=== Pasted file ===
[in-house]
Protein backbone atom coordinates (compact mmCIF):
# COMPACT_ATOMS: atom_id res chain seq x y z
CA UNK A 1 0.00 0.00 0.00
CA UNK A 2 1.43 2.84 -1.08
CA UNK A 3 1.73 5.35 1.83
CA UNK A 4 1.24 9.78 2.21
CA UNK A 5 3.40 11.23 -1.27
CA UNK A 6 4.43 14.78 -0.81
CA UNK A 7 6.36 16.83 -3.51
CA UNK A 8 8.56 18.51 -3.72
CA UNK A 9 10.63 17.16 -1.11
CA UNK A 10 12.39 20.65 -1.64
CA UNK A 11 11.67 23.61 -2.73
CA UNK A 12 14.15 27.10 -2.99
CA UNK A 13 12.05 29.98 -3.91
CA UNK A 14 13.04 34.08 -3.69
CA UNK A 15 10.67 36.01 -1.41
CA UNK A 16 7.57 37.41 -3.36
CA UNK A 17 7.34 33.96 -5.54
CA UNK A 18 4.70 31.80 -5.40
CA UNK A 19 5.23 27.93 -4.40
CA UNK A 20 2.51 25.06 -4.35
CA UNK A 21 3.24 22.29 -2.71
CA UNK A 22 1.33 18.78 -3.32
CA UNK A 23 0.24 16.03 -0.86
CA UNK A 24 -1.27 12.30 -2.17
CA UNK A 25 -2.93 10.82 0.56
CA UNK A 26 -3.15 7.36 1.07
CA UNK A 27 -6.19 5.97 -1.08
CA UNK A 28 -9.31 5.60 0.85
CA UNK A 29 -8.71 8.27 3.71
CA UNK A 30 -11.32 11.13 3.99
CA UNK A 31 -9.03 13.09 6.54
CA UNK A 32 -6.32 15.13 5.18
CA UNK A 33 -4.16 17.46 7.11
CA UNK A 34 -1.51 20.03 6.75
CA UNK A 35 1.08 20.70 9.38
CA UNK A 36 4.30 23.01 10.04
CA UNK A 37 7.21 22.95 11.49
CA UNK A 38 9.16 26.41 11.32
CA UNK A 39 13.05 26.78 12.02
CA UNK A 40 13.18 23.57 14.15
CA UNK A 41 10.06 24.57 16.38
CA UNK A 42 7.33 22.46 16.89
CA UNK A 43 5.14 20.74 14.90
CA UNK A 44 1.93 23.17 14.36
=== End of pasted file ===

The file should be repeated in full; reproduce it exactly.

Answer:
[in-house]
Protein backbone atom coordinates (compact mmCIF):
# COMPACT_ATOMS: atom_id res chain seq x y z
CA UNK A 1 0.00 0.00 0.00
CA UNK A 2 1.43 2.84 -1.08
CA UNK A 3 1.73 5.35 1.83
CA UNK A 4 1.24 9.78 2.21
CA UNK A 5 3.40 11.23 -1.27
CA UNK A 6 4.43 14.78 -0.81
CA UNK A 7 6.36 16.83 -3.51
CA UNK A 8 8.56 18.51 -3.72
CA UNK A 9 10.63 17.16 -1.11
CA UNK A 10 12.39 20.65 -1.64
CA UNK A 11 11.67 23.61 -2.73
CA UNK A 12 14.15 27.10 -2.99
CA UNK A 13 12.05 29.98 -3.91
CA UNK A 14 13.04 34.08 -3.69
CA UNK A 15 10.67 36.01 -1.41
CA UNK A 16 7.57 37.41 -3.36
CA UNK A 17 7.34 33.96 -5.54
CA UNK A 18 4.70 31.80 -5.40
CA UNK A 19 5.23 27.93 -4.40
CA UNK A 20 2.51 25.06 -4.35
CA UNK A 21 3.24 22.29 -2.71
CA UNK A 22 1.33 18.78 -3.32
CA UNK A 23 0.24 16.03 -0.86
CA UNK A 24 -1.27 12.30 -2.17
CA UNK A 25 -2.93 10.82 0.56
CA UNK A 26 -3.15 7.36 1.07
CA UNK A 27 -6.19 5.97 -1.08
CA UNK A 28 -9.31 5.60 0.85
CA UNK A 29 -8.71 8.27 3.71
CA UNK A 30 -11.32 11.13 3.99
CA UNK A 31 -9.03 13.09 6.54
CA UNK A 32 -6.32 15.13 5.18
CA UNK A 33 -4.16 17.46 7.11
CA UNK A 34 -1.51 20.03 6.75
CA UNK A 35 1.08 20.70 9.38
CA UNK A 36 4.30 23.01 10.04
CA UNK A 37 7.21 22.95 11.49
CA UNK A 38 9.16 26.41 11.32
CA UNK A 39 13.05 26.78 12.02
CA UNK A 40 13.18 23.57 14.15
CA UNK A 41 10.06 24.57 16.38
CA UNK A 42 7.33 22.46 16.89
CA UNK A 43 5.14 20.74 14.90
CA UNK A 44 1.93 23.17 14.36